Re: Not sure about doc's advice
I hope you'll be taking your baby to a different pediatrician from the one your SIL uses. That guy sounds pretty ignorant when it comes to breastfeeding!
Yes, the best thing you can do to ensure breastfeeding success is to be ready to nurse on demand, even if that means nursing very frequently or for long time periods. With a newborn, you want to nurse on demand, or at least 10-12 times a day if the baby is sleepy, jaundiced, non-demanding, or having trouble regaining birthweight. You don't want to limit time at the breast, except in very special circumstances (e.g. very premature or sick baby who burns too many calories trying to nurse while not taking enough in).
I know it can be very anxiety-producing to see someone you like and respect making serious breastfeeding missteps. But don't let yourself fall not the trap of "my SIL can't breastfeed, therefore it's going to be hard for me, too." She got bad advice and made some misinformed choices (listening to bad advice, switching to EP when there was no reason to do so), but that doesn't mean you're going to experience the same or similar issues.
Things you can do to make sure breastfeeding goes well:
- Stock your fridge with frozen meals.
- Have the best possible birth. Breastfeeding is easier when mom is healthy and strong after birth. Consider your birth options carefully, make a birth plan, and discuss your plan with your caregiver.
- Avoid induction of labor unless medically necessary. Induced births tend to be more difficult and are more likely to necessitate additional interventions (e.g. episiotomy, vacuum or forceps delivery, c-section) than spontaneous births. Please note that suspected large baby, having your preferred doc or midwife be in town for the birth, or trying to avoid a holiday weekend are NOT good reasons to induce, although they are common ones.
- Read up on your pain relief options. All medical pain relief carries risks. For example, narcotic pain releivers can cause a baby to be born sleepy and unwilling to nurse, and epidurals can cause a fever in mom that will result in a NICU stay for the baby. This is not to say "You must not use medical pain relief!", rather, it is to say "Know your options, and weigh the risk vs. benefit for yourself."
- Assuming baby is born healthy and strong, have him or her delivered immediately onto your bare chest, wearing just a hat and a little blanket over his/her back. Babies warm up best when skin-to-skin with mom, and most will nurse or at least attempt to nurse within a few minutes of birth. Don't skip that first nursing opportunity!
- Delay all routine newborn procedures until the baby has had a chance for skin-to-skin warming, nursing, and bonding. There's nothing urgent about getting the baby weighed, measured, footprinted, bathed, or having eye ointment or the vitamin K or Hep B injections. All those routine procedures can wait for at least an hour.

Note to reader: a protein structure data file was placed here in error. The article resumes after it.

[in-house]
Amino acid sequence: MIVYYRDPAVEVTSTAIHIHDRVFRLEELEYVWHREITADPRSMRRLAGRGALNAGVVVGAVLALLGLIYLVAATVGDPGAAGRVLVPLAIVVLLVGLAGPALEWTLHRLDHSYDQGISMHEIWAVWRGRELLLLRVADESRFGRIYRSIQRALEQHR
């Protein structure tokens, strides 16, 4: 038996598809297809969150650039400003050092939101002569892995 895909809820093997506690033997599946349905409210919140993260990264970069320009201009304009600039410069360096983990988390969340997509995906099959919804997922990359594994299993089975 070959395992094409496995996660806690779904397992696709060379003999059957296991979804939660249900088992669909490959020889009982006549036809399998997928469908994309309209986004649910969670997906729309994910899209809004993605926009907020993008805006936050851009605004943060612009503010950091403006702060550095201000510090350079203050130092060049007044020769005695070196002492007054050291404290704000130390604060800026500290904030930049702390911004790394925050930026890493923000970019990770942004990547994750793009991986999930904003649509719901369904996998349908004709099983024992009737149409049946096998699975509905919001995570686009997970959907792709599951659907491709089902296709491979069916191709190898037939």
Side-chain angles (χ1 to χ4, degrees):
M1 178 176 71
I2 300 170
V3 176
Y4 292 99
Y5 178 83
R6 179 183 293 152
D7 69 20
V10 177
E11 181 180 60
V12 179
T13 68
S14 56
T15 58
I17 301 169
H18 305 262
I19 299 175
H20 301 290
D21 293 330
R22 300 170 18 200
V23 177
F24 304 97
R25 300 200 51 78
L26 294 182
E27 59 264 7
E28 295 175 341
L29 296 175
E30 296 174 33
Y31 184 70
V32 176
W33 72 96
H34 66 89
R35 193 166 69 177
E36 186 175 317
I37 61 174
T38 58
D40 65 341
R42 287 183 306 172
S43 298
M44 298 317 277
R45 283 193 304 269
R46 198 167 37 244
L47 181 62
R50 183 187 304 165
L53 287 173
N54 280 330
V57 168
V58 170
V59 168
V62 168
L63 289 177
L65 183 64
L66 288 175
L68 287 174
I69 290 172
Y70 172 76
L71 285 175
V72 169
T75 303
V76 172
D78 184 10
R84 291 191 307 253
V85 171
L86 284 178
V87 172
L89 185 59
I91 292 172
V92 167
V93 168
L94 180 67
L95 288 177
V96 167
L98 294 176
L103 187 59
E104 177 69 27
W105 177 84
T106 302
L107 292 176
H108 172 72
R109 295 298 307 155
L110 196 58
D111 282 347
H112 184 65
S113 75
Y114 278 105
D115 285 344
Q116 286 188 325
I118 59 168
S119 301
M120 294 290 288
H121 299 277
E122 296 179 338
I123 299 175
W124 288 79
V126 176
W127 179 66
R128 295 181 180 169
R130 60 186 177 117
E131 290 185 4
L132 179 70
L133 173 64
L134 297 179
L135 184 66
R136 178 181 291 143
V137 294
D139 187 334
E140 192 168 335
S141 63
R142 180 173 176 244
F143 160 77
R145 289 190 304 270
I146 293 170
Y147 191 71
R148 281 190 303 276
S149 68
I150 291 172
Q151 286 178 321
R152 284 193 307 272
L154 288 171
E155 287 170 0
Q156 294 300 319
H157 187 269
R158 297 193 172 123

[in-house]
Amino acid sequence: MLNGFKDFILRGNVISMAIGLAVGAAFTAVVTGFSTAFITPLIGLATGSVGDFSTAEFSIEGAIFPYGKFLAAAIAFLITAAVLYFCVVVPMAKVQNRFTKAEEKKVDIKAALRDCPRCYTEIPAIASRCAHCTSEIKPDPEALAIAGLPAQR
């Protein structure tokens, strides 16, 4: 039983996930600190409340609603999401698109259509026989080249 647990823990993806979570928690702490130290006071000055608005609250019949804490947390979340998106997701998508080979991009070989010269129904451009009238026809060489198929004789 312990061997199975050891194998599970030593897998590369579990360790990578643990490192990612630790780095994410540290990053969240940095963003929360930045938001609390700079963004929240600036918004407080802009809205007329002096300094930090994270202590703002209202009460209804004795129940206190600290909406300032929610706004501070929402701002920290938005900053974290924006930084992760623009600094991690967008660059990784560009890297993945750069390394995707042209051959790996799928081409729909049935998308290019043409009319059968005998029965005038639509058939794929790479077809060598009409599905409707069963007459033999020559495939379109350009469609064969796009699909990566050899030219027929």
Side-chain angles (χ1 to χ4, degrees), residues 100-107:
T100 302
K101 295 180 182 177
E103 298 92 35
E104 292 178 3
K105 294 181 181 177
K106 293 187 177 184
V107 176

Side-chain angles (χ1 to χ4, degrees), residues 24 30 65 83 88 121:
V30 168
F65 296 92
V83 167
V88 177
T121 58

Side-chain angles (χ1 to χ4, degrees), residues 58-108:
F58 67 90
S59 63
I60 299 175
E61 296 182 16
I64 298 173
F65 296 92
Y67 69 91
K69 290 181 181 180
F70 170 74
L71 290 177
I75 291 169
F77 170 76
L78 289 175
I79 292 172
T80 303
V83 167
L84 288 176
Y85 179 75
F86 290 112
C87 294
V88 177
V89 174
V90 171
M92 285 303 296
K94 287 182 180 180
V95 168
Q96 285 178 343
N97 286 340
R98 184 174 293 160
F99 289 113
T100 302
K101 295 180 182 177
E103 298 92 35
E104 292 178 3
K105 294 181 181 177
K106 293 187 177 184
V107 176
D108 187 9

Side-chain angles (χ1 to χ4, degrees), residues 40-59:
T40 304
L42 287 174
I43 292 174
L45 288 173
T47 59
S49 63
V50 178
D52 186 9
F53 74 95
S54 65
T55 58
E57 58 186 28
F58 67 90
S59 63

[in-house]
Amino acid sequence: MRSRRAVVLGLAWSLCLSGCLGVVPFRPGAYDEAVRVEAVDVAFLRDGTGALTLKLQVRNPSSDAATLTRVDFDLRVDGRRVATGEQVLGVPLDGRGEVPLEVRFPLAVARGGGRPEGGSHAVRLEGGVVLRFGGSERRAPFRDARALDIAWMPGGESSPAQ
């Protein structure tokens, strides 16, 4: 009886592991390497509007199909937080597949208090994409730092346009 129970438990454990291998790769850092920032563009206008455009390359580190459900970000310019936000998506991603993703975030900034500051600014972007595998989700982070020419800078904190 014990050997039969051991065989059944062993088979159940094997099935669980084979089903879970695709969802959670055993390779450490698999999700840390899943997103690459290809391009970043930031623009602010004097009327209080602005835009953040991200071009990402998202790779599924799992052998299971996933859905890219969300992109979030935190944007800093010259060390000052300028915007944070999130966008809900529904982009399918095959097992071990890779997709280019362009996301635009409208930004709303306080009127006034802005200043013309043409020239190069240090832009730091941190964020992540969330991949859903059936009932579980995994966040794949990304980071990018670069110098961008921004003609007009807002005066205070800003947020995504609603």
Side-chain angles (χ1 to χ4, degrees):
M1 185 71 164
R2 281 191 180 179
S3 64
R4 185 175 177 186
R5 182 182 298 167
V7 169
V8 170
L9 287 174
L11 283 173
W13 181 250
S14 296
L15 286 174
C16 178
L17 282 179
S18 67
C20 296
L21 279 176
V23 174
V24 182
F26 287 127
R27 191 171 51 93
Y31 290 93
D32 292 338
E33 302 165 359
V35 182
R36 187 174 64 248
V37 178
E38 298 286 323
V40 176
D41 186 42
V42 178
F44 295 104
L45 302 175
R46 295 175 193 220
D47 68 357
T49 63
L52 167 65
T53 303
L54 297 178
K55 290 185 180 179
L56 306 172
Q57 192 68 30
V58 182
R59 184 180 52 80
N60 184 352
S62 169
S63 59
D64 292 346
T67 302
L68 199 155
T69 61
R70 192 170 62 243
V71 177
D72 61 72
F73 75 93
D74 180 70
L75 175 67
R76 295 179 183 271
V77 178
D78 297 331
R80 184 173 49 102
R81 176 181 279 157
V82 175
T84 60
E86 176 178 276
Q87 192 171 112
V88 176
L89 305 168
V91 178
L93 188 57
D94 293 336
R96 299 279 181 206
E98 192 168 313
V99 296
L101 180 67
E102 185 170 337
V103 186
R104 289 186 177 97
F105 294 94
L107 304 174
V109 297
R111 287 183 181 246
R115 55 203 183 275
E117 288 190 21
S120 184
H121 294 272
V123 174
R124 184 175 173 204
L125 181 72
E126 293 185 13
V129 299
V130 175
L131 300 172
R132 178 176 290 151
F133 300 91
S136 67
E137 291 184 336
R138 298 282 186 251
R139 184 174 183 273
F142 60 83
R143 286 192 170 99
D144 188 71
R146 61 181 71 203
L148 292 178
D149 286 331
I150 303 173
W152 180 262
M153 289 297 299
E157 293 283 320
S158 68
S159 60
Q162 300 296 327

- Room in with your baby. You'll learn his/her nursing cues faster, you will be able to nurse before the baby gets really hungry (babies who are hungry enough that they are crying are sometimes too frantic to latch well), and there will be less chance of a "helpful" staff member slipping your baby a bottle of formula or a pacifier.
- If you send your baby to the nursery, make a sign for his/her bassinet that says "I am a breastfed baby. No bottles or pacifiers, please! Bring me to my mom every time I cry, or every 2 hours if I don't."
- Avoid artificial nipples (bottles, pacifiers) for several weeks following birth. Babies suck differently on artificial nipples than they do on the breast, and that difference can impact a baby's latching ability.
- Don't supplement with formula "just until your milk comes in," unless of course there is a medical necessity to supplement. Every time a baby gets a supplemental feeding, and the baby skips a nursing session or just stretches out the time in between feedings, the mom's body misses the cue the baby would have given by nursing. Supplementing can delay the onset of milk production and reduce milk supply.
- Nurse on demand, or at least 10-12 times a day.
- If you are having a boy and plan to have him circumcised, consider waiting a week or more before having the procedure done. Pain from a circumcision can impact nursing.
- Surround yourself with helpful and supportive friends and family members. They should cook your meals, wash your laundry, take care of your older child, hold the baby so you can nap or shower, walk your dog, purchase take-out meals, sweep your floor, bring you water and snacks, change the baby's diapers, etc. They should not suggest that you go and pump so they can give a bottle, or tell you how hard nursing is, or weigh you down with doubts and insecurities.
- Acept that the first couple months with the baby are going to be chaotic and messy. But don't worry, no-one ever died from a dirty floor!
Finally, this is a totally random tip which has nothing to do with breastfeeding, but it's a good one: bring a bottle of olive oil to the hospital and oil your baby's bottom between diaper changes. That sticky meconium poop will slide right off!
Coolest thing my big girl said recently: "How can you tell the world is moving when you are standing on it?"
Coolest thing my little girl sang recently: "I love dat one-two pupples!"